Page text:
I must say, despite the most intense competition (including lured sledging), the thronging mass of unclad pressed bodies and the obvious consequence of the game, everything was played in excellent spirit.

For today we were in an organised tour and therefore time poor. Our group assembles, mostly noisy entertaining Koreans, and departs the solitary bar we are to visit to Kayak on. We pass dazed, dozing, dangling and dapper tubers. Some handing out cigarettes with a sweet aroma.

We plan our own tubing extravaganza over the next couple of days, but it is unlikely we will visit all the remaining bars, try the smorgasbord on offer or even engage in the ritual sporting events. Because my travel companion and I are in our 6th decade (baby boomers is however a title we are trying to live up to); being stamina retarded; and having lived a sheltered existence which narrows experimentation, we plan to have one hell of a time. Even if it is gratuitous.

When in Rome, watch the Romans.


(Yet) Another winding Road

On reflection, I have used the title in a number of travel posts. Curious. 

The semi- conscious becomes front of mind on a 7 hour rugged mountain terrain epic trip from Luang Prabang to Asia’s party capital, Vang Vieng (I look forward to report more on this place to see if the myth matches the reality). The expression of the title becomes a metaphor a descriptor, an experience, a rationalisation….. Maybe even an aspiration.

We are made aware of the discomforts that  awaits (beckons even) when planning the trip. Travel logs and individual travellers we encounter offer stern onerous warnings of the significance of length and discomfort. They provide reminders (to be stored away in order to aid personal post hoc rationalisation) that this is an impoverished third world country,  with third world infrastructure .

Mental models of what results are helpful, but frankly fundamentally incomplete. The gap is only filled by experience, infused by the traveller’s individual philosophy and “aids”. How these are manifested vary exactly by the sum of 20- the souls who share a cramped tin, steel, plastic, cloth (I think that is what it is) and glass confine. A bus that could vary between a claustrophobic, cringeworthy coffin right up to a luxurious, lumbering liner. Where each soul falls on the spectrum changes according to the immediate experience, applied philosophy and the power of your aids.

I am squeezed in to a seat, old, worn and smelling of past (ass) souls. Their experience layered like a  memory pillow that is able to reach way back and reminding me of far far too much- two layers of clothing does not suffice. So small is the seat that my ears have known the acquaintance of my knees in ways unencountered, uninvited, uncomfortable and uncalled for. At least that is the bodily experience. An experience sharpened by frequent clunks, groans and violent crashes as the chosen vehicle swerves around others; careers around winding narrow dilapidated roads, over plunging drops which spell certain death; and navigates inefficiently  and at best by the narrowest of margins, innumerable pot holes that seem destined to join the size of the beckoning chasms.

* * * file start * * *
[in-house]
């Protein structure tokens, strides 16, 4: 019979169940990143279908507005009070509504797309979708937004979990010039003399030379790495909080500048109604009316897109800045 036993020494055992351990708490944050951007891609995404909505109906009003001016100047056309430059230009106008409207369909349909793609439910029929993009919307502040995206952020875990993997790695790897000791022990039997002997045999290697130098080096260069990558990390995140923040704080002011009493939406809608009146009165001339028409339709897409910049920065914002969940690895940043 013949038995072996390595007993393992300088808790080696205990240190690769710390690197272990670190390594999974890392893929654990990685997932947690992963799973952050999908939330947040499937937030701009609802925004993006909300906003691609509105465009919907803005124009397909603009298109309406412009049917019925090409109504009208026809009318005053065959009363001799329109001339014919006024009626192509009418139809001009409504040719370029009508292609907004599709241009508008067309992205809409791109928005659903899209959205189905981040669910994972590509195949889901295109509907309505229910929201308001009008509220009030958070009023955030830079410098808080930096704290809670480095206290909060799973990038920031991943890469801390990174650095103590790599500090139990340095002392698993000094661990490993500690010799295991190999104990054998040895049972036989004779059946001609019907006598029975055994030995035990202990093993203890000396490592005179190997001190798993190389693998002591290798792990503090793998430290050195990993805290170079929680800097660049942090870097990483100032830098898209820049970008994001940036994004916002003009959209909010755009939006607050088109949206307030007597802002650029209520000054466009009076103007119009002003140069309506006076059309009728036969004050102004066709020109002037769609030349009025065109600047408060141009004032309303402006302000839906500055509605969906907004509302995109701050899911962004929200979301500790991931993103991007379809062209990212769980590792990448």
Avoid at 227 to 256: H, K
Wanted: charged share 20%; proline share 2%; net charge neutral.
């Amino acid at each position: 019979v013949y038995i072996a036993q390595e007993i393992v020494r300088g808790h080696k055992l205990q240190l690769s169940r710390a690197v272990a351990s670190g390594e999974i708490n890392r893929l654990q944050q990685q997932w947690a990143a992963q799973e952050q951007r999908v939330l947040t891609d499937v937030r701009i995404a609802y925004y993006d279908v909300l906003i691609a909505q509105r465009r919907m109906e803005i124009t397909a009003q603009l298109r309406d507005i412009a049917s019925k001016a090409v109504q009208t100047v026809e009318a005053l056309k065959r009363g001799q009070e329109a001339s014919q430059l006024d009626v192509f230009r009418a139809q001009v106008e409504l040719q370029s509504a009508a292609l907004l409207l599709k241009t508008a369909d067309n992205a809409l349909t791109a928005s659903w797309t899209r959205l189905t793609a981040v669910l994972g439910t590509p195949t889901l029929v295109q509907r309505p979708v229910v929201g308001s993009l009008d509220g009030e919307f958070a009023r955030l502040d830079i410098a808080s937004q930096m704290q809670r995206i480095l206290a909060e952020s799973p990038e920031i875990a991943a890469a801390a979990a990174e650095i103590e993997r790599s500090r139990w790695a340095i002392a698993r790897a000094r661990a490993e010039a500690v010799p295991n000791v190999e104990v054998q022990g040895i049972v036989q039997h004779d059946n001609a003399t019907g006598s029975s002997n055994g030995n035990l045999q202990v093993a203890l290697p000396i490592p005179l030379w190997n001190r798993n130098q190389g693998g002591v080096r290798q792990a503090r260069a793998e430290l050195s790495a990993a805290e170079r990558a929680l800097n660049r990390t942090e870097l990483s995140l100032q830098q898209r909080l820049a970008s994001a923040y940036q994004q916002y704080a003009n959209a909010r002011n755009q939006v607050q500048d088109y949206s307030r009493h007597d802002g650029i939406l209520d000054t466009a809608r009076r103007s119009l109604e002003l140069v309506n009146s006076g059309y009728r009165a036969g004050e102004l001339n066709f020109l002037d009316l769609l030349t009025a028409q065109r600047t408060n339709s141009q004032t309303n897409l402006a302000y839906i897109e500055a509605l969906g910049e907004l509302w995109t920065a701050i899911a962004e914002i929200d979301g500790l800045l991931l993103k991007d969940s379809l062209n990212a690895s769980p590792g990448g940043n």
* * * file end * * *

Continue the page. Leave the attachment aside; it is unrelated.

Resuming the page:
The vehicle’s suspension scream for rest and renewal, paralleling my own.

To the rescue comes a traveller’s philosophy and aids. Each to their own.

Three spanners in the philosophical tool bag- two questionable, the other functional.

“It’s not the destination, it’s the journey.”

 “The thousand mile journey starts with a single step.”

These trite homilies frankly don’t quite wash the weary road warrier’s wounds. You see the more we travel, the ends and means become one, not separate. Further, a distinct start is as illusionary as a complete stop. It is all one experience. Understanding this and looking to live now helps. This is the functional spanner. More a sonic screwdriver really.

Fear of falling off our precarious precipice becomes a relief , we had actually survived and we wonder at the vista. The pounding bone crunch of the road is replaced by awe of (all) the driver’s skill(s) and how this rickety rust bucket remains intact (it is one with the road). Dehydration because of self imposed trickle feed (to avoid another) becomes anticipation of a stop and wonderful inflow (and out) relief. Bruised and battered bodies a reminder we are blessed to be physically able to do this and perversely chose to do so. The scabby roads and impoverished dwellings we pass bring gratitude of home.

As indicated above, such a transformation can be transitory. It is also not just related to a personal philosophy. It is impacted by each individual’s aids. Such aids are also varied by a factor of 20. For some it appears chemical (in keeping with the destination of this leg).

My “aid” is relayed directly to my soul via Bose headphones purchased on past travel in New York from an Orthodox Jew in a black suit, which begats a stream of knotted white cloth, topped by a black hat, which in turn tops ringlets of hair framing a long black beard. This information may seem gratuitous and irrelevant. It is not! It ties in travel and philosophy. I fantasise this strange little man (strange to me) is looking over my shoulder through time, cap and  curlers  musing: “the pathway to redemption is through suffering” . But I am brought back to earth by another shuddering crash as we hit a crater and realise that this may not be his philosophy, but my projection. Besides he couldn’t fit on this little bus.